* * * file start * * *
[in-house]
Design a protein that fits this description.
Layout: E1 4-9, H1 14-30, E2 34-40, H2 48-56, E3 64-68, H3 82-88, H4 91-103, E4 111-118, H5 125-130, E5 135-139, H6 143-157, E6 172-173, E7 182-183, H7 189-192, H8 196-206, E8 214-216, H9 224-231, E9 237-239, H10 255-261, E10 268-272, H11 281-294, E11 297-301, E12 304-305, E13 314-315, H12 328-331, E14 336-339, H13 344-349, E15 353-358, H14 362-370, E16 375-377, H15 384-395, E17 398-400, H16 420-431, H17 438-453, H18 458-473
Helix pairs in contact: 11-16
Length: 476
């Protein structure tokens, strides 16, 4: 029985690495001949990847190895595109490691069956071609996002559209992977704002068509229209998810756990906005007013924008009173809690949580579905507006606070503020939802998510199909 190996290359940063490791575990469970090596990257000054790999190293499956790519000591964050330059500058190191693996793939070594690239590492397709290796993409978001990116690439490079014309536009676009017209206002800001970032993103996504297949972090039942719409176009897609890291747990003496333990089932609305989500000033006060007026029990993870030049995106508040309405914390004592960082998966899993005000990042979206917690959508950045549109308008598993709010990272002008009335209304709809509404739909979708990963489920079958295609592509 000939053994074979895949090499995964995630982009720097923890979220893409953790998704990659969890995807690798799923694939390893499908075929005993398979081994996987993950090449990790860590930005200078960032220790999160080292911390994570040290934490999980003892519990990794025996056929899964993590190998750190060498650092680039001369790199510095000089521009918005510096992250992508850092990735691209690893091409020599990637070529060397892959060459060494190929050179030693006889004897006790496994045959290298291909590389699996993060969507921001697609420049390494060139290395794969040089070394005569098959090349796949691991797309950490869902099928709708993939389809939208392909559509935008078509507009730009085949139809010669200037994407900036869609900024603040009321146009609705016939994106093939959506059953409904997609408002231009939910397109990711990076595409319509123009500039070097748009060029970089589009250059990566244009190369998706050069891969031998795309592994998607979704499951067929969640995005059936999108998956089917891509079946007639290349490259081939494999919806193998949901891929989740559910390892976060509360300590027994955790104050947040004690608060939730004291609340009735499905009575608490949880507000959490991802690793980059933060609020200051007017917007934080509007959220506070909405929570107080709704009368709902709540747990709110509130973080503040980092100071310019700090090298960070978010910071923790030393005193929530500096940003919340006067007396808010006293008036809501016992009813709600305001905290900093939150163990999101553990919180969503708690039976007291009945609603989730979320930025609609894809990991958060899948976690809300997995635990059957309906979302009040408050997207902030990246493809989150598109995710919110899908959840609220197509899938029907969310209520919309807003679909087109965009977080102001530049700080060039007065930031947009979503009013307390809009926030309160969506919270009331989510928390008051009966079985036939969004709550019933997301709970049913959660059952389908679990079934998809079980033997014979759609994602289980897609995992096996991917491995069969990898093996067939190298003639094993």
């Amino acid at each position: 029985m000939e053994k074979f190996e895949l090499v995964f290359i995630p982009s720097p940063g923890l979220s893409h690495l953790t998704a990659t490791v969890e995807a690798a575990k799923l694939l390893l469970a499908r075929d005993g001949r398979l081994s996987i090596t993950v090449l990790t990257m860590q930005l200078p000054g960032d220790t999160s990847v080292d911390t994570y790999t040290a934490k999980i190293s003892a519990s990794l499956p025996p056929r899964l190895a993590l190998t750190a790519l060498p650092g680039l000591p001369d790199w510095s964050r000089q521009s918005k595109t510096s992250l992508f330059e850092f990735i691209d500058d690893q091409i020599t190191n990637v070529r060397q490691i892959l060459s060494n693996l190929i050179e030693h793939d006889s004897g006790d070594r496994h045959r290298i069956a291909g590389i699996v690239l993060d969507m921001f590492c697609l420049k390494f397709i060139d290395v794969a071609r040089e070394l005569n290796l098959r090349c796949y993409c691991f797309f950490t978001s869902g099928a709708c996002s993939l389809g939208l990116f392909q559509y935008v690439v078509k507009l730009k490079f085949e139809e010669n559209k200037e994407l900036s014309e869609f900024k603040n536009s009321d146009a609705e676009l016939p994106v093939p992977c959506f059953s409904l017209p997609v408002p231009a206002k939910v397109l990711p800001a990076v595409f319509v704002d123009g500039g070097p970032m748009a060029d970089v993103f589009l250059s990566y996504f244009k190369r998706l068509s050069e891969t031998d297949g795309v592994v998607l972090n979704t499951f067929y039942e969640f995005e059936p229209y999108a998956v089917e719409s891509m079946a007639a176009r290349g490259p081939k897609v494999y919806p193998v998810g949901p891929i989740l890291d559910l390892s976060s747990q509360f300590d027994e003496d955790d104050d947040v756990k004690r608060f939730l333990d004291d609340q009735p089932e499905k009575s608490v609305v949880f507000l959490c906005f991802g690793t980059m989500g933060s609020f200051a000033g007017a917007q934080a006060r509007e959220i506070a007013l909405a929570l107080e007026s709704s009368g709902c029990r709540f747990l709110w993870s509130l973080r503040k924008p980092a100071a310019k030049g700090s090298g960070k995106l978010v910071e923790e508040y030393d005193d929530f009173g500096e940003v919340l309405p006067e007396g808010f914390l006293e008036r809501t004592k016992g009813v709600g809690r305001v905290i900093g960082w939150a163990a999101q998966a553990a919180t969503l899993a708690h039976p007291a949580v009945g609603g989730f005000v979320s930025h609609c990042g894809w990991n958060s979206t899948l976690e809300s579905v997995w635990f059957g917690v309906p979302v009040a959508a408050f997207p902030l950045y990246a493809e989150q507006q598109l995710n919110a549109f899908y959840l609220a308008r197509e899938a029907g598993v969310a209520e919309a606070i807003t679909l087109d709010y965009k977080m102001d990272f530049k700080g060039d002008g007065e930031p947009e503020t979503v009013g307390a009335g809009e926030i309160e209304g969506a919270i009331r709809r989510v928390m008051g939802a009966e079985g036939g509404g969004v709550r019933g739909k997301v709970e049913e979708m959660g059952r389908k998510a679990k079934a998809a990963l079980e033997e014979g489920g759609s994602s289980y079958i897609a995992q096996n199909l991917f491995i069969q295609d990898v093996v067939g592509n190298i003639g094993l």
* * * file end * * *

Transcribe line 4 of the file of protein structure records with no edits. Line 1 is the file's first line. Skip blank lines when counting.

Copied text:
Helix pairs in contact: 11-16